insight magazine

Cybersecurity 101 - From Victimized Tax Pros

Tips from victimized tax professionals can help you better protect against cyberattacks. By Derrick Lilly | Fall 2018


As cybercriminals continue to prey on tax professionals’ data, the Security Summit — a partnership between the IRS, states, and the private-sector tax community — is sharing some lessons learned by victimized tax professionals in hopes of helping others avoid being cybercrime targets.

In recent years, hundreds of tax professionals experienced data thefts or security breaches that exposed their clients’ personal information to cybercriminals and tax-related identity thieves, warns the Security Summit.

Thieves use stolen data from tax professionals and their firms to create fraudulent returns that are becoming harder to detect and distinguish from legitimate taxpayer returns, meaning CPAs and their firms must be especially vigilant if they want to defend against a devastating data loss.

Below, the Security Summit offers insights from victimized tax professionals to help you better protect against cyberattacks.

Lesson 1: Get cyber insurance

Tax professionals who’ve been victimized by cybercriminals say they either were glad they had, or wish they had, insurance coverage for data loss.

While it’s common to maintain business insurance policies that cover property and liability, data thefts often go overlooked. Cyberspecific coverage for data breaches also needs a special look. This may require an addendum or rider to your current policy or an entirely separate one.

It’s suggested that the dollar amount of the policy be large enough to cover all expenses. But also look for insurance companies and/or coverage that provides experts that will assist in setting up safeguards and identifying the source of the data breach and resolving it if one occurs.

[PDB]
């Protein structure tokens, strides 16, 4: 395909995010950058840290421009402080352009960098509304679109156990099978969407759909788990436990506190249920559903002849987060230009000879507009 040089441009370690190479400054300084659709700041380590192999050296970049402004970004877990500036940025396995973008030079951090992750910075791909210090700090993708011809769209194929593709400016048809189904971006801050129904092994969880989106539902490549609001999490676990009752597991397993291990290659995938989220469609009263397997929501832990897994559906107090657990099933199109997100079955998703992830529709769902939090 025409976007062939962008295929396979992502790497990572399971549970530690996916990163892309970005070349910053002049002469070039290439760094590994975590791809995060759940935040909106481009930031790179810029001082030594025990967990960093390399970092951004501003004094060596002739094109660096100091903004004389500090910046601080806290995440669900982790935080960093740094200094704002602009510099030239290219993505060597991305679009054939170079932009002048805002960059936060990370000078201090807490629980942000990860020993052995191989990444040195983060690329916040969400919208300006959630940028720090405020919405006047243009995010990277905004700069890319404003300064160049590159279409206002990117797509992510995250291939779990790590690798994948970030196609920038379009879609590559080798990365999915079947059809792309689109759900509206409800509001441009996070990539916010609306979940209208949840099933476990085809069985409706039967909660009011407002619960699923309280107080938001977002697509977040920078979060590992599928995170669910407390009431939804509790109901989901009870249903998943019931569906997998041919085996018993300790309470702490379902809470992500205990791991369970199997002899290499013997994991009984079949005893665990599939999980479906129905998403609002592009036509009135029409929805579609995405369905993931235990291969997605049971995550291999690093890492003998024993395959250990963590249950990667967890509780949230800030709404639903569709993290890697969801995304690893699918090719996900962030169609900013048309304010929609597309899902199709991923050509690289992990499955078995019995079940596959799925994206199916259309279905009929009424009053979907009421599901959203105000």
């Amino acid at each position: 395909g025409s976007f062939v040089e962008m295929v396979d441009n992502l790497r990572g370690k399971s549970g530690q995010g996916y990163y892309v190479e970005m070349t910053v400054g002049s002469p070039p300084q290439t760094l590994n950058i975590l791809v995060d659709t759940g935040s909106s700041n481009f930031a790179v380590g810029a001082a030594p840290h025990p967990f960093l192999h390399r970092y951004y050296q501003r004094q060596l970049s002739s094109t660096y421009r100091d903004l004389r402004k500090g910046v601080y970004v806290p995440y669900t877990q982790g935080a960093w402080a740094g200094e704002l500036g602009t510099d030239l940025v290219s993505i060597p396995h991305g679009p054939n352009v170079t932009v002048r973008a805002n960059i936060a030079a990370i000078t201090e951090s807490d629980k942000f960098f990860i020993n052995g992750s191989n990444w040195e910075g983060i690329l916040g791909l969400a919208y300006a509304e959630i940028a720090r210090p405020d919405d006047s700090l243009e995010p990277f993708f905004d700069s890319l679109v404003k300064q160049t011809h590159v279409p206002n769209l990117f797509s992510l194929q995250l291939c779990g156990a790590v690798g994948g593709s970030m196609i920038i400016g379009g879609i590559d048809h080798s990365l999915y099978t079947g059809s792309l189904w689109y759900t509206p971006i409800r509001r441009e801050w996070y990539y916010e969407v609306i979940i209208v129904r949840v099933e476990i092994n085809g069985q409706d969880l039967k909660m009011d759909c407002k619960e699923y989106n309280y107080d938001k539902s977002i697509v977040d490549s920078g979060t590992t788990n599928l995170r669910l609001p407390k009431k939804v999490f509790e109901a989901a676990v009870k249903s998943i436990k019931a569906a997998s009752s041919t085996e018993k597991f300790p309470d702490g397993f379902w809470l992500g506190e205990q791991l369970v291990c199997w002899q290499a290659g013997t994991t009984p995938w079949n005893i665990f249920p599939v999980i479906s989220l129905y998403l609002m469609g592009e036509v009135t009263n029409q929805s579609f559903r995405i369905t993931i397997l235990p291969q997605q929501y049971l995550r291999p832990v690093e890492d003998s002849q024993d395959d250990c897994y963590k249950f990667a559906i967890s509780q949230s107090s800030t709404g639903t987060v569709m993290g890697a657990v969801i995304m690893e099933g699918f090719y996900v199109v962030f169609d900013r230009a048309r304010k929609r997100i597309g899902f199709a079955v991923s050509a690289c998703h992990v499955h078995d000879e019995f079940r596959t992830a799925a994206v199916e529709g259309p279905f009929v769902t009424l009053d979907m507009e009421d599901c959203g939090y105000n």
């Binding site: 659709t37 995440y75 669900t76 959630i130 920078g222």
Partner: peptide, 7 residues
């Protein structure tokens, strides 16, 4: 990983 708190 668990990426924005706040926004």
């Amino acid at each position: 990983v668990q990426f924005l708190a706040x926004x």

Another recommendation: If you’re using a cloud storage solution, ask the provider about cyber insurance coverage in case their systems are breached.

Lesson 2: Password-protect client accounts

This could be a critical safeguard against cyberthieves. Tax professionals who have experienced data thefts acknowledge that protecting each individual client account with a unique password can be a hassle, but it’s worth the trouble should a breach occur, and many tax software solutions are making this easier to manage.

Further, strong passwords can help prevent or slow cybercriminals from accessing computer systems and accounts. Passwords should be a mix of a minimum of eight letters, special characters, and numbers.

Lesson 3: Use a virtual private network (VPN)

This may require help from your IT team, but tax professionals who have fallen victim to cybercriminals say they wish they had used a virtual private network (VPN) instead of remote access software when working offsite. A VPN allows for teleworkers or branch offices to securely connect to the firm’s central computer system to send and receive information.

Why avoid remotely accessing your work computer system? The Security Summit warns of cases where cybercriminals have taken over remote access of tax professionals’ computer systems, accessing client accounts via the highjacked computers, completing and e-filing pending returns, and changing direct deposit information to their own accounts.

Lesson 4: Keep security software updated

Tax professionals who experienced data thefts warn colleagues to keep all security software current. This includes the computer operating system, anti-malware and anti-virus software, firewalls, etc. While most computers come with security software installed, you can purchase additional security software products relevant to your specific practice and uses. To make managing updates easier, set all software to update automatically.

In addition to these lessons, the Security Summit reminds all tax professionals that they must have a written data security plan as required by the Federal Trade Commission and its Safeguards Rule. The IRS has a variety of security resources available, including Publication 4557, “Safeguarding Taxpayer Data,” and Publication 5293, “Data Security Resource Guide for TaxProfessionals,” which provides a compilation of data theft information and is available on

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